3> The third popular response to post-Christian culture is the most attractive, the most widespread, and the most scary. It is to follow the trends – TO CONSUME CULTURE.
So, wherever culture and historical Christian teaching disagree, the Christians accommodate the culture. After all, if we want to stay relevant in a post-Christian age, then some of the Christian stuff will have to go. So we redefine sin to allow for lifestyles, attitudes, and behaviour that are anything but biblical.
This looks good because it usually starts in a good place, with good intentions of seeing where the Bible speaks boldly and clearly about social issues that we often ignore, and embracing the connection between faith and culture. However, it often ends up with the church involved in social issues at the expense of the gospel. We neglect the Gospel because we are focused on the implications of the Gospel. And then the social gospel ends up not being a gospel at all.
Those who take the ‘consuming culture’ approach follow culture, first and foremost, before the Bible, neglecting and compromising on significant aspects of faith. These men and women begin to look more and more like the world and less and less like the Church. When the voice of a culture, and not the Word of Christ, is what governs the Church, then it is no longer the Church. It is just a social club of people desperately trying to keep up with the cultural fashion and trends. Ironically, that is the quickest way to close your church. Why would anyone bother coming to a church that is indistinguishable from anything else?
These three styles of a church interacting with the society and culture within which it is located simply do not impact the people they are trying to reach with the true Gospel of the Kingdom. However, the vast majority of churches today fit into one of these three categories. Thus, the church today is in trouble and needs to change.
The early church was one that lived within the culture in which it was located. The early Church did not try to convert the culture – they simply witnessed to the life-changing power of the Gospel and saw thousands come to Christ. They did not condemn the culture thus turning people off the biblical message of salvation. They simply unconditionally loved people who lived in and embraced a specific culture. And, they did not consume the culture thus appearing to act and live the same as those they were trying to influence and impact for the Kingdom.
Instead, the early Church believers had the courage of their convictions and were free to be the people of God living out the mission of God, marked by the joy of God. They lived with a sense of hope and saw what was going on around them as an opportunity to tell others of the Gospel of the Kingdom and an alternative way of life.
The Church Today – Part Three
In the 20th Century, in North America, there were a number of different moves of God. The best known one is the Azusa Street Revival from 1906 to 1909. The Pentecostal Moment came out of this revival.
Then in 1948 (to 1952) we saw the Latter Rains Revival in North Battleford, Saskatchewan, Canada. In those years, God brought a revival that stunned the nations and the Church. It occurred in the traditional church. People who were part of traditional church structures were experiencing and touching authentic body life. But, for the most part, these experiences were taking place outside of regular church services. We also saw the reintroduction of the ministry of the apostle in this move of God.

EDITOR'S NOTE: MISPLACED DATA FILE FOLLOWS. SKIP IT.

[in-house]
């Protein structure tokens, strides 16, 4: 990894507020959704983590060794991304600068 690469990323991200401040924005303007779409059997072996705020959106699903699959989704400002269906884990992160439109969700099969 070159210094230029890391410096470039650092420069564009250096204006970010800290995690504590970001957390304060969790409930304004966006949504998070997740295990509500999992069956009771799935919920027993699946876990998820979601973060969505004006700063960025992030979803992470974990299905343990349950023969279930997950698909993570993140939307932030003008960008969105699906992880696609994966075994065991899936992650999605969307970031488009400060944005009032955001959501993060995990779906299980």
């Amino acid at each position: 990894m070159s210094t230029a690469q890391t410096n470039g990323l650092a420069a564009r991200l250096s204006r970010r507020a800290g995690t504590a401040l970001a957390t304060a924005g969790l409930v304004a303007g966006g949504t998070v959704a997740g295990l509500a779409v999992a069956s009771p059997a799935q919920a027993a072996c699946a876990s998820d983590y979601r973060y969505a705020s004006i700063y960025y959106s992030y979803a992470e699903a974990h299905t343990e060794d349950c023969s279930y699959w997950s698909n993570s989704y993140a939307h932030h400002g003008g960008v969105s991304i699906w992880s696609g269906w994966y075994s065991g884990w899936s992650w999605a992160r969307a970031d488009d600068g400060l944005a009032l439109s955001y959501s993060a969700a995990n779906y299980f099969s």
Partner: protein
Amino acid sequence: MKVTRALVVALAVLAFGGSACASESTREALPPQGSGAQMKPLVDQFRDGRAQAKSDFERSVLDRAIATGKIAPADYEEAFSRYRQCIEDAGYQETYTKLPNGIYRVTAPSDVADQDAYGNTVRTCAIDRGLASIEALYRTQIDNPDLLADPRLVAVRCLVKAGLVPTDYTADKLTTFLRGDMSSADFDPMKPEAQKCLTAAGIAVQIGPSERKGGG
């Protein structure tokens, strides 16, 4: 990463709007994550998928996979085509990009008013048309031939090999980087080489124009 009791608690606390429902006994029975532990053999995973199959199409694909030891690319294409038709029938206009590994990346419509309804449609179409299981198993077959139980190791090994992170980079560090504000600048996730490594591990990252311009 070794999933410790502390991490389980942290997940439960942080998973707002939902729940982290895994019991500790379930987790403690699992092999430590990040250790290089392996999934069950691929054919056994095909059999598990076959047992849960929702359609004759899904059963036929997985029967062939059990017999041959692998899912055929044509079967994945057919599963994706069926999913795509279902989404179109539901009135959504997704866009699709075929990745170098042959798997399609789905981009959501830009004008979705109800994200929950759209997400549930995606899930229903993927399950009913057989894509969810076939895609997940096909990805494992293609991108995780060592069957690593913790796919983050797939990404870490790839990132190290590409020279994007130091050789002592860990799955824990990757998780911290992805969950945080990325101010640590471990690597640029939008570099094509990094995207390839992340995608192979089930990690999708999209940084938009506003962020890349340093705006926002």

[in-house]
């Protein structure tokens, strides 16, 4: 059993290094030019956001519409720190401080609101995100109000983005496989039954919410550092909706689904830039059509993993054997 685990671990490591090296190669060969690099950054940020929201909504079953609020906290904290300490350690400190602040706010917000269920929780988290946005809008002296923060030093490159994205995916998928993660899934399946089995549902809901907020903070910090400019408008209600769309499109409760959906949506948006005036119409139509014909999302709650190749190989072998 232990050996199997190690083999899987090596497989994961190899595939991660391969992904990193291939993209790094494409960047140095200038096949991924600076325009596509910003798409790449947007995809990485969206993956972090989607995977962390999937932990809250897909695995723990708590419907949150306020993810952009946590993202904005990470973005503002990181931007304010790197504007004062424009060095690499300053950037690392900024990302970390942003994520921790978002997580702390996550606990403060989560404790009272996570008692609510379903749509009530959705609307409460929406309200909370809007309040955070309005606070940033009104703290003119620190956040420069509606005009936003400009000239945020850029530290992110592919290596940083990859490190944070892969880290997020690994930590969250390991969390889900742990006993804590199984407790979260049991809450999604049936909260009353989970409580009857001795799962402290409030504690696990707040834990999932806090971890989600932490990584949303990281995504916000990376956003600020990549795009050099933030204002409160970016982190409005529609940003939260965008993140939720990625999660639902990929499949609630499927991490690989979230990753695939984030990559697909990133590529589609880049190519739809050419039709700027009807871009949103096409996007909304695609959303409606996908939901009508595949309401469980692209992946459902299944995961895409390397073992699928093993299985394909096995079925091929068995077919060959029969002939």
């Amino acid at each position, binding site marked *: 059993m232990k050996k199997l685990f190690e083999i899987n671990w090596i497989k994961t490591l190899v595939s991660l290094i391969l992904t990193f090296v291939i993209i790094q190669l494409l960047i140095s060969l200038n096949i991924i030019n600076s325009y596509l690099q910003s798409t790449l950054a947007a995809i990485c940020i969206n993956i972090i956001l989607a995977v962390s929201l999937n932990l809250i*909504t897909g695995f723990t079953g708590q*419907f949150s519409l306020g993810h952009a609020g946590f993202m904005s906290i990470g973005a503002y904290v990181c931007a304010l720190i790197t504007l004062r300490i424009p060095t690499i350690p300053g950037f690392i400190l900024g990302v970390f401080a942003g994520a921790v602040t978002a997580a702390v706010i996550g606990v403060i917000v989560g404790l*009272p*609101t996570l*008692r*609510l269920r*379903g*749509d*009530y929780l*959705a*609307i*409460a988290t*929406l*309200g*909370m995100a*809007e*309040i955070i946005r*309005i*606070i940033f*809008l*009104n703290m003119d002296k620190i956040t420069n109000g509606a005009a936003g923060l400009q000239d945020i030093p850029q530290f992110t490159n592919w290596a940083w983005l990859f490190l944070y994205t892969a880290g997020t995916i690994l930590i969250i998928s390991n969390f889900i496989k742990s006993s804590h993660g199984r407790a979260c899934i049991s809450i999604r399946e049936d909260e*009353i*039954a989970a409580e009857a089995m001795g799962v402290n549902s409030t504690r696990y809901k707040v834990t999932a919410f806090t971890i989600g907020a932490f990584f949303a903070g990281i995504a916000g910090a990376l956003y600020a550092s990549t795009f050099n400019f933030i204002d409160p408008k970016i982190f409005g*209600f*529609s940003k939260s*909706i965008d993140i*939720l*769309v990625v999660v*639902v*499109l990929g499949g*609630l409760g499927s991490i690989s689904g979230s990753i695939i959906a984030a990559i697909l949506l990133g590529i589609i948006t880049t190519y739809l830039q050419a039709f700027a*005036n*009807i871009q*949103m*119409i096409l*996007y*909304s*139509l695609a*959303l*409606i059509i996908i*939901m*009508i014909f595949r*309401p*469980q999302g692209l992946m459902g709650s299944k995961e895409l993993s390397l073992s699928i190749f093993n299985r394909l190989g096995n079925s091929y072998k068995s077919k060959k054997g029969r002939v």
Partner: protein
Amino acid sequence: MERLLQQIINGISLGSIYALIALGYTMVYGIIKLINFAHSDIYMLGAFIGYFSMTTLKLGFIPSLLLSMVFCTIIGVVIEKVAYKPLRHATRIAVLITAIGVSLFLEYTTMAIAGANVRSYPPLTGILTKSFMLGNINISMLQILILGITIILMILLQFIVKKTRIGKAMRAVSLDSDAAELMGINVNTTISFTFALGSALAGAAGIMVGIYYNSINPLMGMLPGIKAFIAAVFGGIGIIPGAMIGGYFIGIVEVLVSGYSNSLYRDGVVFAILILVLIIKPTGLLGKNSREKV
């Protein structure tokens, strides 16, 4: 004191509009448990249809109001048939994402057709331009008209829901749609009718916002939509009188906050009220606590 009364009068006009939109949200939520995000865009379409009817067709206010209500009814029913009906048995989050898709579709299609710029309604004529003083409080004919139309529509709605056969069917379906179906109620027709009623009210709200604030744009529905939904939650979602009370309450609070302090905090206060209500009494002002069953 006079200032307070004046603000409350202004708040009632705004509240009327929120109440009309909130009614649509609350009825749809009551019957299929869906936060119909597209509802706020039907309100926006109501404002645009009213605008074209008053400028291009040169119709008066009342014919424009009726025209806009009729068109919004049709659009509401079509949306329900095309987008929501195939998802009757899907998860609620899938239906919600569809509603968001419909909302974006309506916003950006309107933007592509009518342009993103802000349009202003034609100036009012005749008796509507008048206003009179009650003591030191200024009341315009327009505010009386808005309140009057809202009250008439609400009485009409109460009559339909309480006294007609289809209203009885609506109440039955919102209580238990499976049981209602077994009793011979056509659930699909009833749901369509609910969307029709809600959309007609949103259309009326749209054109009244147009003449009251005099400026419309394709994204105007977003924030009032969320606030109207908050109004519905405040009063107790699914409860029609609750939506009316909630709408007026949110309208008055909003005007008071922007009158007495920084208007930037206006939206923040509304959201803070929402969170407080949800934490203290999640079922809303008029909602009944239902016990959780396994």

There was, at the same time, in the wider church what became known as the Post-War Revival. This spread across denominational lines. But it eventually died out, however, because leadership sought to control it. Nevertheless, it produced a number of gifted servants of God who would go on to have world-wide ministries. Dr. Billy Graham was one of them. It also brought many of the new and budding para-church organizations into being and some prominence.
The next move of God occurred from 1968 to 1972. We know it as The Jesus Movement. It began and continued to thrive outside the traditional church. House churches, Simple churches, and Christian communities sprung up wherever this new move the Spirit was embraced. Numerous young people came to the Lord. Some say that you could simply say the same “Jesus” and people would get saved.
This movement thrived among the youth in the counterculture. They were turning from the free-sex-and-drugs culture to Jesus Christ. They were also experiencing the body of Christ and body life in close-knit communities. The major impact of this move of God ended in 1972. However, people were still being impacted by the communities and churches that formed as late as 1979.
What happened? The men who were in the 20s during the 1948 to 1952 moves of God were in their 40’s during the Jesus Movement. These men stepped into leadership roles and began to take over – and control – the new move of God.
The problem is that none of the men who took the leadership in the Jesus Movement had any experience outside the traditional church. None of them had grown up in Christian community -experiencing body life. None of them were “brothers among brothers” in a church life situation outside the religious system. Instead, they were pastors, teachers, and organizational clergy in a religious system one day and overnight became leaders of these fresh and budding organic expressions of the church.
The main issue was: Leaders who had no experience outside of traditional church could not effectively lead a church that was functioning outside of the traditional structure. In the organic church, the Christian communities that were forming, there was a lot of testing, sifting, mutual iron-sharpening, and breaking that went on (as in all organic church life) and the leadership coming out of a traditional expression of the church simply did not know how to lead the new expression that was rising up. The leaders were not able to give anything of life, reality, and especially freedom to young believers who were experiencing the Lord outside of the known, traditional structure.